Policy or law is the biggest stick with which to hit this problem by far. It's also the hardest to motivate, though perhaps a first move from a private company could see multiple governments reactively entering the space.
- Revision of the outer space treaty can enable a land grab or resource race. There are precedents for the governing body to issue resource or access licenses preferentially based on contributions to the central task. Either way, there needs to be well developed mechanisms for ownership, disposition of risk, dispute resolution, and evolution of the standards as new problems manifest.
- Jobs program. Just spend a whole lot of money in key districts and states. Not the best way to minimize costs, but probably the best way to mobilize public money.
- Social movement. Oriented towards planetary defense or fear of losing ground to a rival nation.
- Restructuring of defense budget. This is the biggest slice of the pie by far, and most of the same companies would be making the money. Would require a broad consensus, so hard to do in a proactive way.
- Bailout/rescue of failing private mission. Perhaps private space development needs additional investment to rescue the sector or safeguard strategically important technology. There is a precedent for this in the resurgence of the Russian space program in the 1990s due to strategic foreign investment.
Many of the above approaches place a lot of control or uncertainty beyond the realm where it can be definitively controlled. A more direct method is to directly create wealth and then use it for whatever you want, as long as that is space settlement. At its core, all wealth is created the same way. Create demand, then control supply. The more of each, the better. Creation of whole new classes of things to own, or whole new markets, are surefire ways to create the opportunity for fabulous wealth.
- Technology. Invent a magic widget everyone wants. Or find a way of generating something (eg energy) more cheaply. Defend the IP. Bank the difference.
- Capture an industry. Is there a big industry out there with lots of revenue, lots of profit, and low competitiveness? Time to disrupt. SpaceX seems to be making a play towards satellite internet (a whole blog post in itself) and large infrastructure projects. The Boring Company seems poised to exploit a lot of latent demand for reduced travel time in congested cities.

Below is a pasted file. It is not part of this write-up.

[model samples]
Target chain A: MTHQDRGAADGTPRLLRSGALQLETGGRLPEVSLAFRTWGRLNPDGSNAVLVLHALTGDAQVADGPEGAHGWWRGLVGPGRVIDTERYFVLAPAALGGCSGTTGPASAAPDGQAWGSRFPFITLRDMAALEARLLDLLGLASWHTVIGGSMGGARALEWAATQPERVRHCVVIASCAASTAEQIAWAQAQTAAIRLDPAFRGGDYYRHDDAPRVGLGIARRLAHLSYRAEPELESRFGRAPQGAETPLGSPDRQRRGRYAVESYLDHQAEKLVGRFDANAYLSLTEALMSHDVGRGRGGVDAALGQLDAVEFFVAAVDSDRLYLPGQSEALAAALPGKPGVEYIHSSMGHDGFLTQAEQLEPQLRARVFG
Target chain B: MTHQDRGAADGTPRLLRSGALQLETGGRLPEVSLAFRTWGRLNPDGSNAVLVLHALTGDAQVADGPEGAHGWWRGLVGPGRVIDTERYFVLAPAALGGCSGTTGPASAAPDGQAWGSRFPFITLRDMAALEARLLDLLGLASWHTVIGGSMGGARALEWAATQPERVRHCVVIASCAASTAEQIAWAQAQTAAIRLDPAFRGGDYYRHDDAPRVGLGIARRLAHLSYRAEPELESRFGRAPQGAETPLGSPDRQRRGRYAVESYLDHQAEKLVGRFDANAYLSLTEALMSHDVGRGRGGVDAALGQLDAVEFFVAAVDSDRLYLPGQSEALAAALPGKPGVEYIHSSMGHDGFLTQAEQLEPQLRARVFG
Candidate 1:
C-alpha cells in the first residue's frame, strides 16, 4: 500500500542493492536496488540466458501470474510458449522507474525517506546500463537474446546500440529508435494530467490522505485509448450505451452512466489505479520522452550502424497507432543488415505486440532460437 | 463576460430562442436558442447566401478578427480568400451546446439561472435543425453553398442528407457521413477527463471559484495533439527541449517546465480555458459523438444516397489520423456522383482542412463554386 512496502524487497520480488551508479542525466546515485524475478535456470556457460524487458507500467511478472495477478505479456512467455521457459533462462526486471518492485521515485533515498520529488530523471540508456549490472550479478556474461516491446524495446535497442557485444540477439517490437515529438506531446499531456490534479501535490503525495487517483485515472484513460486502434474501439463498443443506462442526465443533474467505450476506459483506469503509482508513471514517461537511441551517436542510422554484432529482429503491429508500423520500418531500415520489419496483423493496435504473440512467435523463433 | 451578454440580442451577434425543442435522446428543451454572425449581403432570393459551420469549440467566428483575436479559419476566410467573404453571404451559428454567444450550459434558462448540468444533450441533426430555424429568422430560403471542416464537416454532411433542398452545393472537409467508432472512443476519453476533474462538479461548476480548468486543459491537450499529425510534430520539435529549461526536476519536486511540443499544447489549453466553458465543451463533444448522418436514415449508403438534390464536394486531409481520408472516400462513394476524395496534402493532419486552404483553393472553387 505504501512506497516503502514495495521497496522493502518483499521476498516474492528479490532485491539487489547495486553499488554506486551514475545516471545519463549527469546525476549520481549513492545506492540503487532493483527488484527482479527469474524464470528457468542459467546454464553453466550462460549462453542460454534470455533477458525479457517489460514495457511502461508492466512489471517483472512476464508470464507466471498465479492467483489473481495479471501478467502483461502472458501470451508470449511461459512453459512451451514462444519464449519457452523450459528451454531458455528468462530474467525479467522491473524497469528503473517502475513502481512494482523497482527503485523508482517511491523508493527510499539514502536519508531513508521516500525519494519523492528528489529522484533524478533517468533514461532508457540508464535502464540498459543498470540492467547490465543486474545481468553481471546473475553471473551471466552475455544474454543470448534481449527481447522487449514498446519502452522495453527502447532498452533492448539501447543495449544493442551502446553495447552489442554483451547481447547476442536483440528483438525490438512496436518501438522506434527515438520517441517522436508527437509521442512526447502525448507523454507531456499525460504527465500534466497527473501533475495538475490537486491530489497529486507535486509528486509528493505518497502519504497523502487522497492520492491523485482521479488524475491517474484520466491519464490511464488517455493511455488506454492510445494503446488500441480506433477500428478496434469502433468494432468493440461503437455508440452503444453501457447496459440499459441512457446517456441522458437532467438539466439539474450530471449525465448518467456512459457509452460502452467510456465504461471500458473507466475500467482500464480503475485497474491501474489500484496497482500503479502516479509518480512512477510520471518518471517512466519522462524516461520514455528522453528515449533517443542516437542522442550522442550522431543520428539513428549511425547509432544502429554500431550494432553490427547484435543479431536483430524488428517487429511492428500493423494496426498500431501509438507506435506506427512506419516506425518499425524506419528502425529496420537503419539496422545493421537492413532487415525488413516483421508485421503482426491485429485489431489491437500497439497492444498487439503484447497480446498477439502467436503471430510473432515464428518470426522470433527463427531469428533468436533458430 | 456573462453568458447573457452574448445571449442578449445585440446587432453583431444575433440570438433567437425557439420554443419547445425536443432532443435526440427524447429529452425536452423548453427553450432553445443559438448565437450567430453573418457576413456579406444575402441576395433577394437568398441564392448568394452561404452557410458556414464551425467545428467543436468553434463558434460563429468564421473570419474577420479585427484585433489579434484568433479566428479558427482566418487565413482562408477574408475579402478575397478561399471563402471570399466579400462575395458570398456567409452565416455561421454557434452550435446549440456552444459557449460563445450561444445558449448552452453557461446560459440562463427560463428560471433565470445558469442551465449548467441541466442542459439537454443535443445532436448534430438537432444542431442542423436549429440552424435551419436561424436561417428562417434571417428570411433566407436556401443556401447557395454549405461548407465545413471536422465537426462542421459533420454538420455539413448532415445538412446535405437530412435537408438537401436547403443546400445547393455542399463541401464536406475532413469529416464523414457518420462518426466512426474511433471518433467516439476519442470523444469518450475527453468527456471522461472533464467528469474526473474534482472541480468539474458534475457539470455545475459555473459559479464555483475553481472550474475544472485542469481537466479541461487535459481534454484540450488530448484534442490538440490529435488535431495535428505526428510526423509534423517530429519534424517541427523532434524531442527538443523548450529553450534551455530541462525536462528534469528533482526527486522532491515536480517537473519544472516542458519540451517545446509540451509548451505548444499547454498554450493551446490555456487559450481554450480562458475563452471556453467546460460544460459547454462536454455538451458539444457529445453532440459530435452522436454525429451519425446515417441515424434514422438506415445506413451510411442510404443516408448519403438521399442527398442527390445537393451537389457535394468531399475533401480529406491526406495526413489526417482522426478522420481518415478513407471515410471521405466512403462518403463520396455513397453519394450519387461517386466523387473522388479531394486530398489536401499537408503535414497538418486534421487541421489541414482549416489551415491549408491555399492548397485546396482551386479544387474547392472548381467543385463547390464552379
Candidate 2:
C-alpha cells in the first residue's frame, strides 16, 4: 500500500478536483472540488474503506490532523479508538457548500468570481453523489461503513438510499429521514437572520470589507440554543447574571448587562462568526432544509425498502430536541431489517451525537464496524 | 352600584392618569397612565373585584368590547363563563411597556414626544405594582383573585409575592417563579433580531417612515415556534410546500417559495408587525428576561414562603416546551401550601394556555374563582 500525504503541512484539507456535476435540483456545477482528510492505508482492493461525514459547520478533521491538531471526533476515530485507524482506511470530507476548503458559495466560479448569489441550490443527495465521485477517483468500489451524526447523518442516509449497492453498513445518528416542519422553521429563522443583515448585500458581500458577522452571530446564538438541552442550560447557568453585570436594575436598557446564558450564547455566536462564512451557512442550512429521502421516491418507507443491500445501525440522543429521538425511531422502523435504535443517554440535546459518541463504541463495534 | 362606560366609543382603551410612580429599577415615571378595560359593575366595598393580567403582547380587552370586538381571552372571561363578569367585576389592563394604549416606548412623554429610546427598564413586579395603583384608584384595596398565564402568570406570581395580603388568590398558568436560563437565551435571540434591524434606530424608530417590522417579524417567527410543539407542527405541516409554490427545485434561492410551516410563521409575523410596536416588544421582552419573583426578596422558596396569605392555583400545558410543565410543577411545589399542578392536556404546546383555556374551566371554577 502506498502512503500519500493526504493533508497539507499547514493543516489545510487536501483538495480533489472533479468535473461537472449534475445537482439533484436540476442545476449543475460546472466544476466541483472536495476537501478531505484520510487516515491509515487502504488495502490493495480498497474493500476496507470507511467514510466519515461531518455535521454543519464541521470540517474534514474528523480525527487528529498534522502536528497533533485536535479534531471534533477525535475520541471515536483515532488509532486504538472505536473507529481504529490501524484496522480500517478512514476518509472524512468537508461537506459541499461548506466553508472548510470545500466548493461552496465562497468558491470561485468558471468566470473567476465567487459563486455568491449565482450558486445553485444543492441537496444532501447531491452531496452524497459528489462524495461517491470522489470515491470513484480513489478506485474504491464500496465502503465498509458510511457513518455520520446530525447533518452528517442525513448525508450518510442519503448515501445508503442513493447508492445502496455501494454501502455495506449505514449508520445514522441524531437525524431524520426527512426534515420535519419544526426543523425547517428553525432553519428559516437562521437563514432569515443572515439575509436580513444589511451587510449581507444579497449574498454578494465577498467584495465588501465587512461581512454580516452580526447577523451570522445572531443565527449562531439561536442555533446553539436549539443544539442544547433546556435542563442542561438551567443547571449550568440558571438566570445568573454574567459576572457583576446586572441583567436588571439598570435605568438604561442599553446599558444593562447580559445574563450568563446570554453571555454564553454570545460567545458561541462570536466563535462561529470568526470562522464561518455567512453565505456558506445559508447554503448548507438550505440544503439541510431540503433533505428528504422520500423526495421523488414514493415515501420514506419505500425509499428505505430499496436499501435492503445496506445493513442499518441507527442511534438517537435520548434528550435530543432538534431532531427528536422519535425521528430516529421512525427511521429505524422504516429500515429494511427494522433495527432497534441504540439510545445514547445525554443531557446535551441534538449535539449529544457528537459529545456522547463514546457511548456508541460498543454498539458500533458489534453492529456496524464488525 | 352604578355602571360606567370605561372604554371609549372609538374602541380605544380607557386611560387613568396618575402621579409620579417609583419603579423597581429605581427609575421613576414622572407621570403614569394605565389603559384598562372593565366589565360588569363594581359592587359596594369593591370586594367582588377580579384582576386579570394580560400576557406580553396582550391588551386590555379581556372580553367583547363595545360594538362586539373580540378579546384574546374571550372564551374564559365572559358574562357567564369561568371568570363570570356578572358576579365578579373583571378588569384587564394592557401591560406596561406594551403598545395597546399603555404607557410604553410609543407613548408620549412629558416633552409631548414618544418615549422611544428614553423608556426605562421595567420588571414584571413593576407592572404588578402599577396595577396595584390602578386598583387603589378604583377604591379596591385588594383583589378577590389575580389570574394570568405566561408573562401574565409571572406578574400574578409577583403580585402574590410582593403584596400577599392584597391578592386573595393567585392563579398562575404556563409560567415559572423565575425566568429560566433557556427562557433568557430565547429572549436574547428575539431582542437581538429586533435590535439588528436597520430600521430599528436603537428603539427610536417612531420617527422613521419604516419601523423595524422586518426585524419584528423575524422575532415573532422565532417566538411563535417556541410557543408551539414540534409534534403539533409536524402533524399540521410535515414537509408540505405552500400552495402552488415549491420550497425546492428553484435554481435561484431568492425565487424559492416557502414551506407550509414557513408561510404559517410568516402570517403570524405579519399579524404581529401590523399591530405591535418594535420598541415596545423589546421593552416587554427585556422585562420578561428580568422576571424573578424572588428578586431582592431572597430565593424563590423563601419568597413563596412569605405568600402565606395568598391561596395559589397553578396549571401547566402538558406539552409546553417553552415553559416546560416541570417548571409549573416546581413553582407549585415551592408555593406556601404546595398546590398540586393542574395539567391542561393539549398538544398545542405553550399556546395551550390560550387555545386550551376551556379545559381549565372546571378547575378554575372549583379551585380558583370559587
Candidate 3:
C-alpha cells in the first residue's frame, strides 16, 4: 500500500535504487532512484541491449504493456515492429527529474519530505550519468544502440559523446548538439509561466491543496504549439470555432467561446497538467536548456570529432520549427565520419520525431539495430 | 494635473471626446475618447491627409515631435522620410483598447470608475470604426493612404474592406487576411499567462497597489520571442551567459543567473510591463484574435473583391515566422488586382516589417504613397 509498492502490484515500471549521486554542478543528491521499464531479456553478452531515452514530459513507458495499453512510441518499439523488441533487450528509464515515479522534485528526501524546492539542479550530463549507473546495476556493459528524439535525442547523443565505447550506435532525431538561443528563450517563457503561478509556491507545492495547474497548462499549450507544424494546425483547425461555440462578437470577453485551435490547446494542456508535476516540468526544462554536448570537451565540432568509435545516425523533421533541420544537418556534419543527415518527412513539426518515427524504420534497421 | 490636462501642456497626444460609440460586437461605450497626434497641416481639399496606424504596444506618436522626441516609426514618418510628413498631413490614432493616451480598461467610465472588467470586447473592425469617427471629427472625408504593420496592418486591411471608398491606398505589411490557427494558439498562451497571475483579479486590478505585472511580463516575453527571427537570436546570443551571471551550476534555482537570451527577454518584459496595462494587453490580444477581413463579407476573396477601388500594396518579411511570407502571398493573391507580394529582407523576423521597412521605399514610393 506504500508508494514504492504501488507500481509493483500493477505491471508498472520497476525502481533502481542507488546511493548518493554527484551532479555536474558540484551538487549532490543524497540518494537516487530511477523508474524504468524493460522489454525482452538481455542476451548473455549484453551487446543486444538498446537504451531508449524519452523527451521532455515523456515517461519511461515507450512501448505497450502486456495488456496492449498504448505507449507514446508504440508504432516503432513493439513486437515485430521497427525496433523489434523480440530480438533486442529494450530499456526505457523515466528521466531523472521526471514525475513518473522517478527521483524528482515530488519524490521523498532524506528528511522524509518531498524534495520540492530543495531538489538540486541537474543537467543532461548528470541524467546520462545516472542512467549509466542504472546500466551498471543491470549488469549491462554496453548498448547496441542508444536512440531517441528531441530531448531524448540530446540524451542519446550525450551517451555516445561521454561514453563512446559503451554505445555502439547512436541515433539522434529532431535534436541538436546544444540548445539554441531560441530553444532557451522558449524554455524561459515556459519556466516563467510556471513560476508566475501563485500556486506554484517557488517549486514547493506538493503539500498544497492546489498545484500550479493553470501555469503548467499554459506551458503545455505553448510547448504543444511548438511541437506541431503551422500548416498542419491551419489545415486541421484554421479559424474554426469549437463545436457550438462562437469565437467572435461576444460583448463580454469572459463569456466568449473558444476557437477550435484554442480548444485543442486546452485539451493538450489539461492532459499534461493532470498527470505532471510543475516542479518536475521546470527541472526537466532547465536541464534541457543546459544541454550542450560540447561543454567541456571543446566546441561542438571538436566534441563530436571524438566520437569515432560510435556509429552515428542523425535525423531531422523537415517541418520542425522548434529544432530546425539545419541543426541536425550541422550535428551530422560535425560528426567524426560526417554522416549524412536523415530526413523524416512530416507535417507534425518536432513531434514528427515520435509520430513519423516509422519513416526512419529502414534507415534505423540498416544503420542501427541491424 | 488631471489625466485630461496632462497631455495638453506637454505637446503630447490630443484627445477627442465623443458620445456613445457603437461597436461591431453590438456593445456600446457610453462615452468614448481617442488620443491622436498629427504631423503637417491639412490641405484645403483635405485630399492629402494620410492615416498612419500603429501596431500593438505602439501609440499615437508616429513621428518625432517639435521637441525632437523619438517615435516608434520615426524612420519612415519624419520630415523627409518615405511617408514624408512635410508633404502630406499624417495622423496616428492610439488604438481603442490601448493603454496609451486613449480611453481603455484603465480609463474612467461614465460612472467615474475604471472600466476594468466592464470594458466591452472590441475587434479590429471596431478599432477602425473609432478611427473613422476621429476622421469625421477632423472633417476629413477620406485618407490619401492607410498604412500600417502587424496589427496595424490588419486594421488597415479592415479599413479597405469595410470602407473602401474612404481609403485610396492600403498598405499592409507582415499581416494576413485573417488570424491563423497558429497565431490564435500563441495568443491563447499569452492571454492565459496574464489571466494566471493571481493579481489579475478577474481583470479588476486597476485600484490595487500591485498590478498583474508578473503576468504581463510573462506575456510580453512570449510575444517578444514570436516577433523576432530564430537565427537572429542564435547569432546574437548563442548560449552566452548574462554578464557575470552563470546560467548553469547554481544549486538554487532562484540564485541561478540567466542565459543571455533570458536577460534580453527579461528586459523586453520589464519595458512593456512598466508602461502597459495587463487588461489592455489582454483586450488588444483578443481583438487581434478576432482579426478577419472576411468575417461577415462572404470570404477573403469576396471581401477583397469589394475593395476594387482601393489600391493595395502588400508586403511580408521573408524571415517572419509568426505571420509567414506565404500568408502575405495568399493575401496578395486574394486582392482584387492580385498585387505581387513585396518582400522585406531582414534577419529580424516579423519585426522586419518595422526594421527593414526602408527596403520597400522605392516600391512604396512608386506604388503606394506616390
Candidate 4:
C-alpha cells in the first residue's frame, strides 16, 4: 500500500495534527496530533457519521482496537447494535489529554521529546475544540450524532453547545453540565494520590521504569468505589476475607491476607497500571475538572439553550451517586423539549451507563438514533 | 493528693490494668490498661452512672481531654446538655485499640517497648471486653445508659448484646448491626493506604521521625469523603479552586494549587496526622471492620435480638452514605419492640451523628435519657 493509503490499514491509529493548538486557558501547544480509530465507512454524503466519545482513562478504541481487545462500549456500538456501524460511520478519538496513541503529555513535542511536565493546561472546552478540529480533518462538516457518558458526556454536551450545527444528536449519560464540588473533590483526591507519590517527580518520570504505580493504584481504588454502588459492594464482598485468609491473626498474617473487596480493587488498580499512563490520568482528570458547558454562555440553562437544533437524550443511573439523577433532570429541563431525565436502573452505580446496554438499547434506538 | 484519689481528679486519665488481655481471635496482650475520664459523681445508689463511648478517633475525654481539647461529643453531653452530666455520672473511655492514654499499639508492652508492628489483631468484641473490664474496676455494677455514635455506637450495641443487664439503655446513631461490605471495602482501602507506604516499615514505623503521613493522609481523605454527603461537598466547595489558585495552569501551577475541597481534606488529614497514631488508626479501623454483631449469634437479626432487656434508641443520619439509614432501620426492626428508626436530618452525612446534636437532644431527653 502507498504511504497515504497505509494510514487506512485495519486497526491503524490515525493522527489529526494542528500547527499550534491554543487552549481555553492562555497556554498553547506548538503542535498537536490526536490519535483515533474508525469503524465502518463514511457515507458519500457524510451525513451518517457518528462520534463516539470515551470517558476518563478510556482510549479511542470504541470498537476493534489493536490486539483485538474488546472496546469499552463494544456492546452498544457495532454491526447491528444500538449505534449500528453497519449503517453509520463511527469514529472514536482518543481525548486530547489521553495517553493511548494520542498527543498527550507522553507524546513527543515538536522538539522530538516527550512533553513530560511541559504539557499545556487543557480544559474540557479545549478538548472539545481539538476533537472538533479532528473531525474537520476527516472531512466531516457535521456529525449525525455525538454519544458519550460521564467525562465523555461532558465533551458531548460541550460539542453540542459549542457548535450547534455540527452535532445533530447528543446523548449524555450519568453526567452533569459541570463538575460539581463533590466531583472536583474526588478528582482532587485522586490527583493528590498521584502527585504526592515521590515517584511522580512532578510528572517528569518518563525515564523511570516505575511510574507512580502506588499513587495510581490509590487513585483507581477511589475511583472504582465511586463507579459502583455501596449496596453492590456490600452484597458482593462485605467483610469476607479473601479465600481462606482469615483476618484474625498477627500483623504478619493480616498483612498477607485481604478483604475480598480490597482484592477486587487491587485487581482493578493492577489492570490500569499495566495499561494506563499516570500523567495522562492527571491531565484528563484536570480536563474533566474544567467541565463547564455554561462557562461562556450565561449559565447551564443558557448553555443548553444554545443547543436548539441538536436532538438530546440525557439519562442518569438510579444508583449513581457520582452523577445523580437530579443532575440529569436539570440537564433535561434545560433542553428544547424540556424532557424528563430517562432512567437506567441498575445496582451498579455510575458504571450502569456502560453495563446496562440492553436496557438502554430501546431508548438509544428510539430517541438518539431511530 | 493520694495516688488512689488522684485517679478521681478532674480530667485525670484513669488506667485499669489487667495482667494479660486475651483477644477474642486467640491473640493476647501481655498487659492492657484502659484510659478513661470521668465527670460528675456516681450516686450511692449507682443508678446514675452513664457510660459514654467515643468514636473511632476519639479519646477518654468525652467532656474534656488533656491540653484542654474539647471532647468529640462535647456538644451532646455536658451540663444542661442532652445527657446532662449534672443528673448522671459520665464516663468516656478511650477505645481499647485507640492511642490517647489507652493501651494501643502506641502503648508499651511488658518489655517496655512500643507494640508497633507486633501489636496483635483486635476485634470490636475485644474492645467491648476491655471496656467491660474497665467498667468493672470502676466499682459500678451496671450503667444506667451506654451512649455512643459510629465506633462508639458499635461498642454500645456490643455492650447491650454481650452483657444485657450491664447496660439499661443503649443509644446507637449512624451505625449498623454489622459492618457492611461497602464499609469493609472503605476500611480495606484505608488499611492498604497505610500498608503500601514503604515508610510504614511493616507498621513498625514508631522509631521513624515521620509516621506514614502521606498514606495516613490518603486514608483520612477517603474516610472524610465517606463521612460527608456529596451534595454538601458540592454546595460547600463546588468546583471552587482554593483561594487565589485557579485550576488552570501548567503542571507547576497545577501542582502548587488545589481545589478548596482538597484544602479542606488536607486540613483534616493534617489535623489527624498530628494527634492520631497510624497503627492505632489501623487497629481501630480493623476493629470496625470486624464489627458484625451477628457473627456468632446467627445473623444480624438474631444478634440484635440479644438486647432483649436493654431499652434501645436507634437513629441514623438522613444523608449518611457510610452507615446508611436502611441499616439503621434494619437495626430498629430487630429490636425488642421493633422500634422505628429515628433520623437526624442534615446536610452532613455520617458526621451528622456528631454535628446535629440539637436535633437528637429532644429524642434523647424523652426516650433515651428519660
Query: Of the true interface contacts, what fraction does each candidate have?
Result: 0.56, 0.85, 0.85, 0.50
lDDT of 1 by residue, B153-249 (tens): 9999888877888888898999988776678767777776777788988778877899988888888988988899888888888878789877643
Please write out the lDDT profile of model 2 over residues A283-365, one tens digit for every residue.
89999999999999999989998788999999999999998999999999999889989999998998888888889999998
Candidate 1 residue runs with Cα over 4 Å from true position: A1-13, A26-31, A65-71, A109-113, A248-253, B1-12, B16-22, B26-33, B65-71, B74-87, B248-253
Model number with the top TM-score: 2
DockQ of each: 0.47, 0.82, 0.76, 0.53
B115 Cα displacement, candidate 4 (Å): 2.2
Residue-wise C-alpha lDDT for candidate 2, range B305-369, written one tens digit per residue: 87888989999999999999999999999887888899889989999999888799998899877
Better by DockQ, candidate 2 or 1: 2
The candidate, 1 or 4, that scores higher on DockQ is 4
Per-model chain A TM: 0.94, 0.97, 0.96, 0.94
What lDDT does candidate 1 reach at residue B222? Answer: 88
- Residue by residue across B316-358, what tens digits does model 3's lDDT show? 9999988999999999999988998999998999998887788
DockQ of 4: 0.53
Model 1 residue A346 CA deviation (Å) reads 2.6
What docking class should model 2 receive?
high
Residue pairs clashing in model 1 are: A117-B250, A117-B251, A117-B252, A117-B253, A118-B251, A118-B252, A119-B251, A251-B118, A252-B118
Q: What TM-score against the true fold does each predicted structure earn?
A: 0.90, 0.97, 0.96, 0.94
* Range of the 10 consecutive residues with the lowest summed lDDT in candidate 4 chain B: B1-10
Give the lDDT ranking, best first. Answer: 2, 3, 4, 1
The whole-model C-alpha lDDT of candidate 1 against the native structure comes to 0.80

- Space mining/resource exploitation. If it was possible to mine certain strategic resources in space and find a market for them, then an industry devoted to that could be financed or bootstrap. The main obstacle to this concept is the sheer cost of doing anything in space. It may even be cheaper to supply the moon with anything it needs from Earth, rather than to obtain it locally. Mars will need local resources, but it's hard to imagine something valuable enough to be worth shipping all the way back to Earth, except passengers and functional spaceships.
One way to reduce the required sums of money dramatically is with advanced or even exotic technology. I'll rank these roughly by level of plausibility.
- Re-usability and in situ resource utilization. This alone can reduce current costs by a factor of 100 or more.
- Space power. There is probably no way to make money selling space-based solar power to the ground, but space nuclear reactors for use on Mars or gigantic mirrors for terraforming are an interesting concept.
- In space manufacturing. One driver of space costs is launch costs. Launch a factory once and make everything in space (from asteroids, say) and that problem can go away. It's not clear to me what the critical size of this industry is, but I'd estimate somewhere north of a million tonnes produced per year before launching from Earth becomes bottlenecked somehow. Note that self-replicating robots lower costs on Earth too!
- Advanced propulsion. Anywhere from nuclear thermal rockets to warp drive. There's no reason why such concepts can't be developed in parallel with existing methods, but I don't think it's a good reason to wait.
- Life extension. Perhaps during my lifetime we'll solve aging and humans, freed from their four score and ten will think about problems on a longer time scale. I think life extension is probably key to very long space voyages, and may unlock ways to avoid possible space-related illnesses. But I'm not holding my breath.
What do you think? Which of these sources will prove to be the most enabling?